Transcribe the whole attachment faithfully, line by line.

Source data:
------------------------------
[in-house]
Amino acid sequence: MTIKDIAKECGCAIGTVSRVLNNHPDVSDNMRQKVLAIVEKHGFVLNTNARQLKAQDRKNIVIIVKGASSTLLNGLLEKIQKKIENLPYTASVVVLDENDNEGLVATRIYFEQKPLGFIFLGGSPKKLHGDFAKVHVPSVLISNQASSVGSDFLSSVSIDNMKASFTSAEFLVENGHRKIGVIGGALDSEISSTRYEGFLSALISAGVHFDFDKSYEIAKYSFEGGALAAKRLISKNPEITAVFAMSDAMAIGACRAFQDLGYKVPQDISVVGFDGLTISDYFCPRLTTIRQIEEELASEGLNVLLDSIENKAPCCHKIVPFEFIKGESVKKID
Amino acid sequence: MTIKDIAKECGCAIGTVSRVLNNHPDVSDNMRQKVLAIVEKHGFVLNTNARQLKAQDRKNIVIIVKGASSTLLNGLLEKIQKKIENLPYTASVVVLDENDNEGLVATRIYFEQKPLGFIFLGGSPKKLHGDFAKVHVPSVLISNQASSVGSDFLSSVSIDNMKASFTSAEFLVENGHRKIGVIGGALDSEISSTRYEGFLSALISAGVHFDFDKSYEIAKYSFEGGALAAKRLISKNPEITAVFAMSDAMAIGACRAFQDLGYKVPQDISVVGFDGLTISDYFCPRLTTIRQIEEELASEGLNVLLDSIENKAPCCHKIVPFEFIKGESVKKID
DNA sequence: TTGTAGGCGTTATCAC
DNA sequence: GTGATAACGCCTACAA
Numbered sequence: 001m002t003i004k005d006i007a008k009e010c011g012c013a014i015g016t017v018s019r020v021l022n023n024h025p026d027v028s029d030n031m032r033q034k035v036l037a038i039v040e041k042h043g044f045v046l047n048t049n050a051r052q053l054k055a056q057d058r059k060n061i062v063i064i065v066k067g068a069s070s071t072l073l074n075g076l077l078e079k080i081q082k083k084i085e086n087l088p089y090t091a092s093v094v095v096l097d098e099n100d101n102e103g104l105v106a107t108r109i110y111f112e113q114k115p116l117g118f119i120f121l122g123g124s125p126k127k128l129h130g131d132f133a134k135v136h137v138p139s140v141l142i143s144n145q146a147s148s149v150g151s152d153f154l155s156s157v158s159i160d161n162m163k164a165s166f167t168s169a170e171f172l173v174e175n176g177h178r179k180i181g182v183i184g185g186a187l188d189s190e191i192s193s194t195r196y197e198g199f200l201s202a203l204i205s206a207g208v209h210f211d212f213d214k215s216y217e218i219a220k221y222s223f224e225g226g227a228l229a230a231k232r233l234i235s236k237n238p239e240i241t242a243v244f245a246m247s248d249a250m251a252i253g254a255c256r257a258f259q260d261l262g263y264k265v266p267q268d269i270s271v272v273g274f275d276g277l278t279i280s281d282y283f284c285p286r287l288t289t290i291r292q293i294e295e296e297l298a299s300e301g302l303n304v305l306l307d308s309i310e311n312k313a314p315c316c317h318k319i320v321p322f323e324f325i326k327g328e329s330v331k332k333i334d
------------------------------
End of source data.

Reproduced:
[in-house]
Amino acid sequence: MTIKDIAKECGCAIGTVSRVLNNHPDVSDNMRQKVLAIVEKHGFVLNTNARQLKAQDRKNIVIIVKGASSTLLNGLLEKIQKKIENLPYTASVVVLDENDNEGLVATRIYFEQKPLGFIFLGGSPKKLHGDFAKVHVPSVLISNQASSVGSDFLSSVSIDNMKASFTSAEFLVENGHRKIGVIGGALDSEISSTRYEGFLSALISAGVHFDFDKSYEIAKYSFEGGALAAKRLISKNPEITAVFAMSDAMAIGACRAFQDLGYKVPQDISVVGFDGLTISDYFCPRLTTIRQIEEELASEGLNVLLDSIENKAPCCHKIVPFEFIKGESVKKID
Amino acid sequence: MTIKDIAKECGCAIGTVSRVLNNHPDVSDNMRQKVLAIVEKHGFVLNTNARQLKAQDRKNIVIIVKGASSTLLNGLLEKIQKKIENLPYTASVVVLDENDNEGLVATRIYFEQKPLGFIFLGGSPKKLHGDFAKVHVPSVLISNQASSVGSDFLSSVSIDNMKASFTSAEFLVENGHRKIGVIGGALDSEISSTRYEGFLSALISAGVHFDFDKSYEIAKYSFEGGALAAKRLISKNPEITAVFAMSDAMAIGACRAFQDLGYKVPQDISVVGFDGLTISDYFCPRLTTIRQIEEELASEGLNVLLDSIENKAPCCHKIVPFEFIKGESVKKID
DNA sequence: TTGTAGGCGTTATCAC
DNA sequence: GTGATAACGCCTACAA
Numbered sequence: 001m002t003i004k005d006i007a008k009e010c011g012c013a014i015g016t017v018s019r020v021l022n023n024h025p026d027v028s029d030n031m032r033q034k035v036l037a038i039v040e041k042h043g044f045v046l047n048t049n050a051r052q053l054k055a056q057d058r059k060n061i062v063i064i065v066k067g068a069s070s071t072l073l074n075g076l077l078e079k080i081q082k083k084i085e086n087l088p089y090t091a092s093v094v095v096l097d098e099n100d101n102e103g104l105v106a107t108r109i110y111f112e113q114k115p116l117g118f119i120f121l122g123g124s125p126k127k128l129h130g131d132f133a134k135v136h137v138p139s140v141l142i143s144n145q146a147s148s149v150g151s152d153f154l155s156s157v158s159i160d161n162m163k164a165s166f167t168s169a170e171f172l173v174e175n176g177h178r179k180i181g182v183i184g185g186a187l188d189s190e191i192s193s194t195r196y197e198g199f200l201s202a203l204i205s206a207g208v209h210f211d212f213d214k215s216y217e218i219a220k221y222s223f224e225g226g227a228l229a230a231k232r233l234i235s236k237n238p239e240i241t242a243v244f245a246m247s248d249a250m251a252i253g254a255c256r257a258f259q260d261l262g263y264k265v266p267q268d269i270s271v272v273g274f275d276g277l278t279i280s281d282y283f284c285p286r287l288t289t290i291r292q293i294e295e296e297l298a299s300e301g302l303n304v305l306l307d308s309i310e311n312k313a314p315c316c317h318k319i320v321p322f323e324f325i326k327g328e329s330v331k332k333i334d